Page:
The arrest of Gordon Hunter Pedersen marks a significant milestone in the ongoing efforts to protect the public from fraudulent claims and unproven cures during the COVID-19 pandemic. The Department of Justice’s Civil Division’s Consumer Protection Branch, in collaboration with the U.S. Attorney’s Office for the District of Utah, is handling a pending civil case related to Pedersen’s actions. This case is a joint investigation involving the FDA’s Office of Criminal Investigation (FDA-OCI), Homeland Security Investigations (HSI), and the Federal Bureau of Investigation (FBI) Salt Lake City Field Office.

Pedersen is scheduled to make his initial appearance on the criminal indictment and appear at a detention hearing on August 15, 2023, at the Orrin G. Hatch United States District Courthouse in Salt Lake City. U.S. Attorney Trina A. Higgins of the District of Utah announced the arrest and charges.

It is important to note that an indictment is merely an allegation, and all defendants are presumed innocent until proven guilty beyond a reasonable doubt in a court of law.

False Claims Made by Pedersen

In addition to his alleged sales of an unproven coronavirus cure, Gordon Hunter Pedersen made several false claims about his qualifications and credentials. These claims were made to enhance his credibility and deceive potential customers.

Firstly, Pedersen falsely claimed to be a board-certified “Anti-Aging Medical Doctor.” This claim was made in YouTube videos where he marketed his products and presented himself as an expert in the field of anti-aging medicine. The false representation of his credentials aimed to establish trust and convince individuals to purchase his unproven cure.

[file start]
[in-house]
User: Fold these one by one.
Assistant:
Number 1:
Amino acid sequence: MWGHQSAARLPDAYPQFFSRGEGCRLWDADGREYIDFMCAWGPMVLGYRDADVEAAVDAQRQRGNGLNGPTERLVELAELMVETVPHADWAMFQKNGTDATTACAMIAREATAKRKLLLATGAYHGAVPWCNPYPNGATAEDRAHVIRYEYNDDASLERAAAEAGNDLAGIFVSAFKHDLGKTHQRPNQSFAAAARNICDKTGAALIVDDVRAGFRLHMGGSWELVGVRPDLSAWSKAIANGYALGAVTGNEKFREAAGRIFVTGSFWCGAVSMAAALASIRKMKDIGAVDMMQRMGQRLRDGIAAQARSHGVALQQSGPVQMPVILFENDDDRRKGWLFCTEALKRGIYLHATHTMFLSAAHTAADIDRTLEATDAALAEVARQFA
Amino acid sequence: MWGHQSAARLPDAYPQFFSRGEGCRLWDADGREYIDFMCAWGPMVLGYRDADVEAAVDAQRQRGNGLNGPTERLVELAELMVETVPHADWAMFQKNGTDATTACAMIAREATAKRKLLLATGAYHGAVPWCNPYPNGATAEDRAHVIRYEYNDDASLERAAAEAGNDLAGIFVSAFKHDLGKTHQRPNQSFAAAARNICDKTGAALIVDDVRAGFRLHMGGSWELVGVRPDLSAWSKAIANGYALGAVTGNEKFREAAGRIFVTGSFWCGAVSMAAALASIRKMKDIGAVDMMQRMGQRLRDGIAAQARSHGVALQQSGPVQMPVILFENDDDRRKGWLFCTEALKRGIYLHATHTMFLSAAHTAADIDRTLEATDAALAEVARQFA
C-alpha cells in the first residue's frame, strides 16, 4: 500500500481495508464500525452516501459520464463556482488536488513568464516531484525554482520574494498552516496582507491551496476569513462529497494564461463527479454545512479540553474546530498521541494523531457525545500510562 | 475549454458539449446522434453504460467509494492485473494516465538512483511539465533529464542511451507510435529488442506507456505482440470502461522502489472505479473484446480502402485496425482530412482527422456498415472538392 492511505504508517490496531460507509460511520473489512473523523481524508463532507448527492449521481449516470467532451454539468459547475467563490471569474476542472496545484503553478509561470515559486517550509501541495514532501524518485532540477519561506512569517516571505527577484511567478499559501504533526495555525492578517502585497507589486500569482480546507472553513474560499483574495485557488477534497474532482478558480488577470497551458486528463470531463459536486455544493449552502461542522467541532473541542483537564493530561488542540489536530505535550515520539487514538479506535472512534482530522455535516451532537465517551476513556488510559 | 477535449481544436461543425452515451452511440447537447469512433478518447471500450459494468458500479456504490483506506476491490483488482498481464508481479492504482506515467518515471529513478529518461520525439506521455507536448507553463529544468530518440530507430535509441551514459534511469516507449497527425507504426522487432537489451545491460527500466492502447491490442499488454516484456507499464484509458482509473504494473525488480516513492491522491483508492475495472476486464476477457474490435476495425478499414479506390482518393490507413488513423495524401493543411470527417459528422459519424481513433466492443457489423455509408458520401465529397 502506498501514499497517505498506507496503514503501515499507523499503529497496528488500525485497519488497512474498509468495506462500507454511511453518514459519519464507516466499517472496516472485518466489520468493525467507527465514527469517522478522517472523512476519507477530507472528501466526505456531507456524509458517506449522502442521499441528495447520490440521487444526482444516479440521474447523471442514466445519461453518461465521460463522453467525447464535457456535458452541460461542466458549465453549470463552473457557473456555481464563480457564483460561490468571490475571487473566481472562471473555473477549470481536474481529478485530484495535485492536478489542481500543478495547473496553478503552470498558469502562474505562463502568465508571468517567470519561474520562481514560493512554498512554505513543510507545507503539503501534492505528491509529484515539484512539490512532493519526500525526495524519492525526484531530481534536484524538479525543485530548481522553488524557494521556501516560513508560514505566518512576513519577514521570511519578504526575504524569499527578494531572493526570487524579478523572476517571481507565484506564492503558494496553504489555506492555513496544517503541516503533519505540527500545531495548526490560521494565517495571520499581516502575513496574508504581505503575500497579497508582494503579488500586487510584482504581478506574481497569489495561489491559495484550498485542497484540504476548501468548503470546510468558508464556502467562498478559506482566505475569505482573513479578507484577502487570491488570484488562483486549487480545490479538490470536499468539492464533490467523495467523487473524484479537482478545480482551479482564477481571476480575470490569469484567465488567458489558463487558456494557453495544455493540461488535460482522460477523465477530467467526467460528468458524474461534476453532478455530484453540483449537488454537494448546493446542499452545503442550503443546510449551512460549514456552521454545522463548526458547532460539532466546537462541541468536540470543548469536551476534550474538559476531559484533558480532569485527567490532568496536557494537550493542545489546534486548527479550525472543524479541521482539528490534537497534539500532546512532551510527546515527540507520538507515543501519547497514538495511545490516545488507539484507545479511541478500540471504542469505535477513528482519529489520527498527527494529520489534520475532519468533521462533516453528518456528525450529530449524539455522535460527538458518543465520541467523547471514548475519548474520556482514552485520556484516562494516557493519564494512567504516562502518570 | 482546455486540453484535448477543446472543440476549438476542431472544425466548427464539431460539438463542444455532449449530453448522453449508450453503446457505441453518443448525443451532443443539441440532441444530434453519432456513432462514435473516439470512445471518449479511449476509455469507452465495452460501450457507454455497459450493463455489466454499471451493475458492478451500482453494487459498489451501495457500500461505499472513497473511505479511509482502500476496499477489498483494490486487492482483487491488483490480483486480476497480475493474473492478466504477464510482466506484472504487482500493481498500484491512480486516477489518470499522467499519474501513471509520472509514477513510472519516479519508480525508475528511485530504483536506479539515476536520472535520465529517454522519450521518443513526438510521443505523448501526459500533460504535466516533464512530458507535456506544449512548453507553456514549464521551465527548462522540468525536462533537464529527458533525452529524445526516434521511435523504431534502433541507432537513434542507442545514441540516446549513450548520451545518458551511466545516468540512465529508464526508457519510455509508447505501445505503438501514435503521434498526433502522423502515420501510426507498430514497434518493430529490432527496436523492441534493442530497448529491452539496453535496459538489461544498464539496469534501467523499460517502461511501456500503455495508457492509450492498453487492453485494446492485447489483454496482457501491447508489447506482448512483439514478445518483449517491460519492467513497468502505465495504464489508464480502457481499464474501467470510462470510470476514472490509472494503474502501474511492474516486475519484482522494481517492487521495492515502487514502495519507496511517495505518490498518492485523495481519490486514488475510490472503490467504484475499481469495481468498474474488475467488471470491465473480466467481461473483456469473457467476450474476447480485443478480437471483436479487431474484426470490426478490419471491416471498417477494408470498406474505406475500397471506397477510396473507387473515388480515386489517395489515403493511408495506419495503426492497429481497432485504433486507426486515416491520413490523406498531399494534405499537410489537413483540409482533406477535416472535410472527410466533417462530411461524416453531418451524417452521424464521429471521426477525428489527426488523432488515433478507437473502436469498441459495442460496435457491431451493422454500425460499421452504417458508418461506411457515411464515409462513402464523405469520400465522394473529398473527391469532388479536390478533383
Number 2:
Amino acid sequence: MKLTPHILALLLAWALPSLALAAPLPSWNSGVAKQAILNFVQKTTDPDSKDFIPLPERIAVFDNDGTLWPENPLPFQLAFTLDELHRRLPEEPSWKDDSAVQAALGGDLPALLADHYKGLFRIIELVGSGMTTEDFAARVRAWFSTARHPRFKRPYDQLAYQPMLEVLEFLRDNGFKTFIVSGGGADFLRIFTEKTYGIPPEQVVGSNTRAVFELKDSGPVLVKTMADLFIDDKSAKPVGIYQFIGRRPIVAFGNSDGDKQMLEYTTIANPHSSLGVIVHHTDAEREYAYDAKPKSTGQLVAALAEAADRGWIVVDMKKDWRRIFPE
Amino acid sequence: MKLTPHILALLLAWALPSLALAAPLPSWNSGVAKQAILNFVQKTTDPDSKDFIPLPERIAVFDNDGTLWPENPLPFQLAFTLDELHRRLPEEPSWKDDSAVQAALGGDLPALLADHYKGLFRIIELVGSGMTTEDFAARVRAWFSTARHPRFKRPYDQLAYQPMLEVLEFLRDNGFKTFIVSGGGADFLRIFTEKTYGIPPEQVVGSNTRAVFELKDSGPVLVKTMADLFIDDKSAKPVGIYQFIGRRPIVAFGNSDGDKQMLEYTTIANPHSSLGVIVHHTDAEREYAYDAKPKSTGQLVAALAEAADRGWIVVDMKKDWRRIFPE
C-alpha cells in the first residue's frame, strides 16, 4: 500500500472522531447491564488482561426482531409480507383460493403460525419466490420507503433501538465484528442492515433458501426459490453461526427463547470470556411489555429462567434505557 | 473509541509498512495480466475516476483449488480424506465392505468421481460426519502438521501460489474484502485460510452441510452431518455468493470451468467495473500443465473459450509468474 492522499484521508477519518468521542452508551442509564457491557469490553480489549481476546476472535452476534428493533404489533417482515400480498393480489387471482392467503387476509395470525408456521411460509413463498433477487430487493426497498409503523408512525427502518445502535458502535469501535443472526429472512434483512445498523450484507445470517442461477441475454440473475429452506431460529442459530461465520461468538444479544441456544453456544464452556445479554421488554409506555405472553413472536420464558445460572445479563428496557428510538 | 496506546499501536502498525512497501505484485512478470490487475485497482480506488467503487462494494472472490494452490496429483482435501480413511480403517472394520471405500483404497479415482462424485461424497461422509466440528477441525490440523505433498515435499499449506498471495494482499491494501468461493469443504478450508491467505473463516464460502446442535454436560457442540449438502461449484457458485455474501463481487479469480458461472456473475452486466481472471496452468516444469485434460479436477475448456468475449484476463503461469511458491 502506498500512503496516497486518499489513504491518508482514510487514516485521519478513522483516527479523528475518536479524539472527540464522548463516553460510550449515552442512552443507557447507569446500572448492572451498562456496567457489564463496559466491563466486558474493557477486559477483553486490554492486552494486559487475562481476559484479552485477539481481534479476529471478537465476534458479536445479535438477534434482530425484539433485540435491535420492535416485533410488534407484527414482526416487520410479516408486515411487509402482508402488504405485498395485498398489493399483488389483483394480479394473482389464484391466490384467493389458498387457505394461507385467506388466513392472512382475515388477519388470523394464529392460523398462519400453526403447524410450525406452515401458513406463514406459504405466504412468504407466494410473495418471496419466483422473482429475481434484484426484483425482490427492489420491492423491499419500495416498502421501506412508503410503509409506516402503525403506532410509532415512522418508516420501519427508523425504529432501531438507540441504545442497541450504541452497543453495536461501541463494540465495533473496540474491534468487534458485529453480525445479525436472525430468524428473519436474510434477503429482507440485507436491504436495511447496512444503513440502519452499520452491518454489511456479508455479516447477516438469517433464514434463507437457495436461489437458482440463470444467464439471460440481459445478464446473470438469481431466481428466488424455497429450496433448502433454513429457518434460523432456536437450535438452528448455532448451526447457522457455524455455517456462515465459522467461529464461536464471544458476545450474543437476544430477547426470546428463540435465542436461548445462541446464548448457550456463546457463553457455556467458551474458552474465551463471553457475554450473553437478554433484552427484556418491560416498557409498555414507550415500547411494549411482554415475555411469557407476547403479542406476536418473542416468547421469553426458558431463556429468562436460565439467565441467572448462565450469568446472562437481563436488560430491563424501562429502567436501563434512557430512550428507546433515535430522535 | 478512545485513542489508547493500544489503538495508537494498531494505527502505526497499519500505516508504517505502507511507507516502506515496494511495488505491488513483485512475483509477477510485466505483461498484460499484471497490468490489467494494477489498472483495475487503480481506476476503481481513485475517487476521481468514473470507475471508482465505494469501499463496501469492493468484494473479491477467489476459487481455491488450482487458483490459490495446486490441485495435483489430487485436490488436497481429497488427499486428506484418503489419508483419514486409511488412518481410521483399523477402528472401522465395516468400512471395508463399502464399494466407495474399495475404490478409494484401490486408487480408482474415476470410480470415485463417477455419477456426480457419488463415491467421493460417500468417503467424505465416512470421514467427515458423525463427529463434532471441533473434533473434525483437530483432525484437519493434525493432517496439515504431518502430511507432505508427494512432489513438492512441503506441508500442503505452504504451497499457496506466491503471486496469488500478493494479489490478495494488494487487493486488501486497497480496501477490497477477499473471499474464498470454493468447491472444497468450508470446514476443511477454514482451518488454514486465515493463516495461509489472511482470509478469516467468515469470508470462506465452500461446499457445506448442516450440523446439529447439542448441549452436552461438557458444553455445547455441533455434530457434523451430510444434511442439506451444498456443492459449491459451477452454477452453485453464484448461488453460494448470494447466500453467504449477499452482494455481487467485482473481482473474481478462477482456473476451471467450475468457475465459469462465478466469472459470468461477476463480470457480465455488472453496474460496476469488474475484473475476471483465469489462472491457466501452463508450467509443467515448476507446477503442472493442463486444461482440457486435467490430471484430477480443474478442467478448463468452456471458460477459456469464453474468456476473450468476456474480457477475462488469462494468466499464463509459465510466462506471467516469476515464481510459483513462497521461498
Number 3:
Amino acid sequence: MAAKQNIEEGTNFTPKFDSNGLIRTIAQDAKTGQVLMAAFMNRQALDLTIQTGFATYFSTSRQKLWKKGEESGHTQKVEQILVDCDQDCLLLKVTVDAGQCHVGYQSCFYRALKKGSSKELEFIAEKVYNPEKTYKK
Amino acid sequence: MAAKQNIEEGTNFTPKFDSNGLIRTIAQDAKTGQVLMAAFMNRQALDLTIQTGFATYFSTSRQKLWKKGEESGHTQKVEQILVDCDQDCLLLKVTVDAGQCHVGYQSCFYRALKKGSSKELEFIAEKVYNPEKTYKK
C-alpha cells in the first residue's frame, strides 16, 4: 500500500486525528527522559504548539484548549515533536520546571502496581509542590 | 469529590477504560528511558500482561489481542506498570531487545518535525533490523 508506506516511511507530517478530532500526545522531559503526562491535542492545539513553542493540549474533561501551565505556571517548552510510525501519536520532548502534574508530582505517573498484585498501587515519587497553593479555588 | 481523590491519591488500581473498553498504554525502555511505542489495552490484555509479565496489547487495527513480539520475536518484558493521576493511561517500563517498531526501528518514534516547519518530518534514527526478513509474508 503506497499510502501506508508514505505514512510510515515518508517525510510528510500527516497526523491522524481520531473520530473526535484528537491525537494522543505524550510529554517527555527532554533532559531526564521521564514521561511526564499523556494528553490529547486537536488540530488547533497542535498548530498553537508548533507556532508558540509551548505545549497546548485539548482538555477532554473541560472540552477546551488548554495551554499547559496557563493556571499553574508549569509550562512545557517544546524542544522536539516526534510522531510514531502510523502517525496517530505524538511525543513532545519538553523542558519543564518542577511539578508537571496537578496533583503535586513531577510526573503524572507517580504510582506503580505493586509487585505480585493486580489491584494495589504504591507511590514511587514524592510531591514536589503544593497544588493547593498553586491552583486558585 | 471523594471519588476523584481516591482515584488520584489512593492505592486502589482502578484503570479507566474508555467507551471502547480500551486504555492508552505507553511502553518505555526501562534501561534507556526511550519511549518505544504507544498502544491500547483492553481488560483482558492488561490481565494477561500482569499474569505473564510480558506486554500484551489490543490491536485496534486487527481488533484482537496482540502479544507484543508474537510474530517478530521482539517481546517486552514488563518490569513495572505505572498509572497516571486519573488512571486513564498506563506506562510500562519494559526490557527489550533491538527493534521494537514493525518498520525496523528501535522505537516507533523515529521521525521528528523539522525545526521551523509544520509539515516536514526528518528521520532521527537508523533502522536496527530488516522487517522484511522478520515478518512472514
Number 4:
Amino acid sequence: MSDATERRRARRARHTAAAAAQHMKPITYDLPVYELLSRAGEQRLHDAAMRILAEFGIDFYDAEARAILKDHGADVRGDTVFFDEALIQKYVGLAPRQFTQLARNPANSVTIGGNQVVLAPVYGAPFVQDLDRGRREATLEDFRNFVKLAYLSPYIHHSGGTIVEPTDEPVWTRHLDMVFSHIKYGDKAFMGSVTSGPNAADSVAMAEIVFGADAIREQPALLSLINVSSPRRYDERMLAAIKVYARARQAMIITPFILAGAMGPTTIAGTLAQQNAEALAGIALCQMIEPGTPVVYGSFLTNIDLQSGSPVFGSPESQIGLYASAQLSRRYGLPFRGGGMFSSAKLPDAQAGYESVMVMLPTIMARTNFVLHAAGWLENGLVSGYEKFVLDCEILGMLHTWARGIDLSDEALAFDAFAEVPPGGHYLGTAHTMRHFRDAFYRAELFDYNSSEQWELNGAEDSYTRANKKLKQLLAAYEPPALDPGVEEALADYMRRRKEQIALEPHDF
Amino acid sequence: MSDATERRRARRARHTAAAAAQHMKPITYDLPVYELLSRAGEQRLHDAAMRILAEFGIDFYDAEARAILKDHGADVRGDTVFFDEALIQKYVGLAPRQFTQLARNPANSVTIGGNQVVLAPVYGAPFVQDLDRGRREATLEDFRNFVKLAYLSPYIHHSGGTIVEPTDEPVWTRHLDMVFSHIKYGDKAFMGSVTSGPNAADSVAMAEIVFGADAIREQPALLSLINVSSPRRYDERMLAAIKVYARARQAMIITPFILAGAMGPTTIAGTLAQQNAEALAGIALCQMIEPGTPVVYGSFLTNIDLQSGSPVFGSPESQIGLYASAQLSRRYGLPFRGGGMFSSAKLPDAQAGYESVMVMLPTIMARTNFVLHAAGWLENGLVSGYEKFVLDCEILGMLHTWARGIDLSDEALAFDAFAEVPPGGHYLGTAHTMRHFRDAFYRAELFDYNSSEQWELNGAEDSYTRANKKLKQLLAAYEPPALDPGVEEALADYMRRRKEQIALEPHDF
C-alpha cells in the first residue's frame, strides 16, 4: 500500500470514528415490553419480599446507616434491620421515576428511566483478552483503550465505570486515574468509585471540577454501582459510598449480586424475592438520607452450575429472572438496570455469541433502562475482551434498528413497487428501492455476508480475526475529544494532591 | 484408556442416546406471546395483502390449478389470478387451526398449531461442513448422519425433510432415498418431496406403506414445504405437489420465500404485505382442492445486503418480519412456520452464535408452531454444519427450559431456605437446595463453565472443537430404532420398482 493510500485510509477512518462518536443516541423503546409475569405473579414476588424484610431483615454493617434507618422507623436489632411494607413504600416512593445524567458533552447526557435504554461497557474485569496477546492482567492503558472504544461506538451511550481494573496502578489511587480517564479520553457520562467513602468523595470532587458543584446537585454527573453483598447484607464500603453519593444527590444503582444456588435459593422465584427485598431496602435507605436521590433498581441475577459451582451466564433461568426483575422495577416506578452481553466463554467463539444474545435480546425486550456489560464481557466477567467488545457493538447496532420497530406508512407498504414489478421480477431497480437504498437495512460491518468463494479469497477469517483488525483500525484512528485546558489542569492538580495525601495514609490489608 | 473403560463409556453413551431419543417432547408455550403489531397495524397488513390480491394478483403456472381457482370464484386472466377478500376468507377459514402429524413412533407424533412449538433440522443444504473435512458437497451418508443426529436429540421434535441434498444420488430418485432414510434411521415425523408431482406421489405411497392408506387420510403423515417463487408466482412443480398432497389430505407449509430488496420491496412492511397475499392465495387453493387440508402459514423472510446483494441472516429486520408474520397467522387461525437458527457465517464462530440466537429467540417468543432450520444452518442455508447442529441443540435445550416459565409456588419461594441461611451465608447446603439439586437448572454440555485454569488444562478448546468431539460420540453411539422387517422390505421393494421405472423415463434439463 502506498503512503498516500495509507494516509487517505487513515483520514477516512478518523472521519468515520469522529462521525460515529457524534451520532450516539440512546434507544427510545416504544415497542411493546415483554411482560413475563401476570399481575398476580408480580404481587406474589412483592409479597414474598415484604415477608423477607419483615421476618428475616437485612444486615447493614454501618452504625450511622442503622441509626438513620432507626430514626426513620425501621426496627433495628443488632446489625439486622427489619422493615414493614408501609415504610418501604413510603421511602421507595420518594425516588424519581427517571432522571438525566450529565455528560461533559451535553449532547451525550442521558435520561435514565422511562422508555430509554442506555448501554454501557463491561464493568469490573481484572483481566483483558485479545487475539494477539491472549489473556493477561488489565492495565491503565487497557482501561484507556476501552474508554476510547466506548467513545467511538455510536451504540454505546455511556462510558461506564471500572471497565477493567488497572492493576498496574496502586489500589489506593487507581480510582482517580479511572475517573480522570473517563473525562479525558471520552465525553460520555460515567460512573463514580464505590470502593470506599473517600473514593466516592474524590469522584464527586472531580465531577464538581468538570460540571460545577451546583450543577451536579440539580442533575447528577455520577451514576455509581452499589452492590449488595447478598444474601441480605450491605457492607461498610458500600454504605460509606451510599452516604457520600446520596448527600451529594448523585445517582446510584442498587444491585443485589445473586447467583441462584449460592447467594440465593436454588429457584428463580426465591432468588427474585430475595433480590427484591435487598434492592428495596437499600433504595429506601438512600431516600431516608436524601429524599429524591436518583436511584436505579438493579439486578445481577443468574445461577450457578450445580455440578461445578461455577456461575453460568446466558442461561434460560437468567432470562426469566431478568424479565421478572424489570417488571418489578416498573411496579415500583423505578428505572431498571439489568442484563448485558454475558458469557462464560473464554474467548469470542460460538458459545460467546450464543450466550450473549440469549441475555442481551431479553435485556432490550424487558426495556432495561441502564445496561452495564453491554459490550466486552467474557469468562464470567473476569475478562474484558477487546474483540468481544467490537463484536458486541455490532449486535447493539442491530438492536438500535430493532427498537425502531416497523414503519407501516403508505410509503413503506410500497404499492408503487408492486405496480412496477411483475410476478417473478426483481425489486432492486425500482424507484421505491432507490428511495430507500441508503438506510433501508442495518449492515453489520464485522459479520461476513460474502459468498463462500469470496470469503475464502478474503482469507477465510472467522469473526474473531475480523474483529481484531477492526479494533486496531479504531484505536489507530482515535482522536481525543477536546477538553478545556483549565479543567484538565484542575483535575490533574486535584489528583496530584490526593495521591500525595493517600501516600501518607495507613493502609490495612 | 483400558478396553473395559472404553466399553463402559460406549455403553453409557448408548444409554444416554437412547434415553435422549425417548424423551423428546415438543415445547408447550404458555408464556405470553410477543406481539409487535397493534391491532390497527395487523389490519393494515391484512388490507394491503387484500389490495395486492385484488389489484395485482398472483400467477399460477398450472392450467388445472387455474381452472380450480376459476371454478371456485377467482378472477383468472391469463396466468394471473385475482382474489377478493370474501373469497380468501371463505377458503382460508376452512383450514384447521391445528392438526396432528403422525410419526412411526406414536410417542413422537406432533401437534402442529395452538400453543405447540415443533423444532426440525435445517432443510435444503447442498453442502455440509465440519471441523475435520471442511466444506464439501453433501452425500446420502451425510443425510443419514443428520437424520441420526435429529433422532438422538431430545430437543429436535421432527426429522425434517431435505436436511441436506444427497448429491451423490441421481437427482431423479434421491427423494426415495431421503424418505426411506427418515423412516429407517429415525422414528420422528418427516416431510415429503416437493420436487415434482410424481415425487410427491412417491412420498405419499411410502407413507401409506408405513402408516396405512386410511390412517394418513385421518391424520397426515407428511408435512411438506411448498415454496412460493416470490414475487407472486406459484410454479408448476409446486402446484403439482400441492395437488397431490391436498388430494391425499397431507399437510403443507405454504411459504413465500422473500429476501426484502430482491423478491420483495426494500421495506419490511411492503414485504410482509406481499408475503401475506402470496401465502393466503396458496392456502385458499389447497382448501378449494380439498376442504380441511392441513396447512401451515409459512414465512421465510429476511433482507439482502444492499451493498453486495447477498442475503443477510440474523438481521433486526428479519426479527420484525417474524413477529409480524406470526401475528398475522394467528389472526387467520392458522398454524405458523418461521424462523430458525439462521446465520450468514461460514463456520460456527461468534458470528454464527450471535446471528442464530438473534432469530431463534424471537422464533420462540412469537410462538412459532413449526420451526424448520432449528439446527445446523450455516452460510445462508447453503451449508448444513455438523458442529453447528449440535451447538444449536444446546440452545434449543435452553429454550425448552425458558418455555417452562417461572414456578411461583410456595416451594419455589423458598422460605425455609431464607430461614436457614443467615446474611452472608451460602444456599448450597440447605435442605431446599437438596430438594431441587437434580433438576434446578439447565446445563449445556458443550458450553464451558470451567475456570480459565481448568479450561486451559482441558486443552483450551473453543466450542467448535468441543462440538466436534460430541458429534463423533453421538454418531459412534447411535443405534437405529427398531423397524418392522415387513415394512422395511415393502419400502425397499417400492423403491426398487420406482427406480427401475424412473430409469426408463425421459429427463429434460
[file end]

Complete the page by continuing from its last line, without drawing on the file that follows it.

Furthermore, Pedersen falsely claimed to hold a PhD in immunology and a PhD in Naturopathic Medicine. These claims were intended to lend authority and credibility to his products. By presenting himself as an immunology expert and a naturopathic medicine practitioner, Pedersen attempted to persuade individuals of the effectiveness and safety of his unproven coronavirus cure.

The misrepresentation of qualifications and credentials by individuals like Pedersen undermines public trust and poses a significant risk to public health. It is essential for consumers to exercise caution and verify the credentials and claims made by individuals promoting health products or cures, particularly during times of crisis such as the COVID-19 pandemic.

Contact Information and Disclaimer

For more information on the ongoing case against Gordon Hunter Pedersen, please contact:

Please note that the content of this article is for informational purposes only. It is based on available public information and should not be considered as legal advice or an endorsement of any specific actions or products. The Department of Justice urges individuals to report any instances of fraud or attempted fraud involving COVID-19 by calling the National Center for Disaster Fraud (NCDF) Hotline or submitting a complaint form on the NCDF website. Remember, individuals are presumed innocent until proven guilty in a court of law.

Disclaimer: This article does not contain any links or URLs. It is purely informational and aims to provide an overview of the arrest and charges against Gordon Hunter Pedersen, as well as the false claims made by him.